Press Power and Leveson

The fightback began some time ago.  Throughout Leveson plaintiff columns about free speech could be read in newspapers and heard across the airwaves.  A few days ago the Mail revealed the astonishing political left nexus at the heart of Leveson (er, someone connected with the Leveson Inquiry also knew some left-wingers was about the strength of it) and today the Sun screeches about the importance of not having any regulation.

Because lack of regulation has worked really well so far.  The Sun yesterday was forced to pay out 500,000 euros to Louis Walsh for publishing lies about him.  The Mail a few days ago had to apologise to a Brazilian TV presenter for describing her as a soft porn actress.  And over the years countless people have had to contend with lies, half truths and innuendos being published about them, to say nothing of the harassment that a certain breed of journalism develops.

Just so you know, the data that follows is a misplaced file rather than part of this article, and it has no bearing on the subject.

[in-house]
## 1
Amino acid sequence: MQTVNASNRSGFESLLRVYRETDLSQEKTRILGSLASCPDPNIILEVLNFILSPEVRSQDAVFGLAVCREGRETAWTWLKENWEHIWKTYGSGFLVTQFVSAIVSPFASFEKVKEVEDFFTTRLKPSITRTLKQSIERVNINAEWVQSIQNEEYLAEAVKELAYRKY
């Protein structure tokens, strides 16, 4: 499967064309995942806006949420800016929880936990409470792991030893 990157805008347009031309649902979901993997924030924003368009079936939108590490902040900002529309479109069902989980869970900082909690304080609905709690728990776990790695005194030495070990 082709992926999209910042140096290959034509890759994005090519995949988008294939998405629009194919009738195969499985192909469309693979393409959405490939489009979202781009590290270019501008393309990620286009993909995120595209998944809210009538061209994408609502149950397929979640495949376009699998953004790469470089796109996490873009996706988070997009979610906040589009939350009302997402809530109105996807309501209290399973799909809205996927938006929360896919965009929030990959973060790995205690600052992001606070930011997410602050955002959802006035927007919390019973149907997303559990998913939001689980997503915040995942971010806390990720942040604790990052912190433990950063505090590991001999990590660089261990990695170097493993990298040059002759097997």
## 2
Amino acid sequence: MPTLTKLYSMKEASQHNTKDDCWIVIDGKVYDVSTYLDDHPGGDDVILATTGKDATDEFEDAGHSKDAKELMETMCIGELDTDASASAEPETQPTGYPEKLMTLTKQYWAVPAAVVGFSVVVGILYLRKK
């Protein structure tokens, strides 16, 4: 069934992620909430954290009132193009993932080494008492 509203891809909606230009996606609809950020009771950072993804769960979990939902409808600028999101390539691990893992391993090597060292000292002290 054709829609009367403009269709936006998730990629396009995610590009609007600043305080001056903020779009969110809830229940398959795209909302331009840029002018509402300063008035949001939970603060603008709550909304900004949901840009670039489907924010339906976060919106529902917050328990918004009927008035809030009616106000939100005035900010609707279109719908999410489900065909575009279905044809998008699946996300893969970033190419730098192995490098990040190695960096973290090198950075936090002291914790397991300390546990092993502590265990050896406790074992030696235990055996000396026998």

Statutory regulation hardly means political control of the press, but you wouldn't guess that from the newspapers.  The BBC is subject to statutory regulation, but no-one regards it as a dangerous political mouthpiece for elected politicians.  The issue is whether the press should continue to have the freedom to damage people's lives because the penalties for doing so are so minimal.  The issue is whether, after the failure of the press to regulate itself, it really deserves another chance.  The issue is about whether the most powerful institution in this country should be allowed to continue to abuse its power and be the only unregulated body in the country.  The issue is about many abuses committed by the press, but whatever Lord Leveson proposes, it is unlikely to involve shackling journalists' ability - and duty - to carry out proper investigative reporting, or the right of newspapers to hold whatever opinions they wish.  Protests to the contrary are hysterical hot air designed to cover up a multitude of sins.


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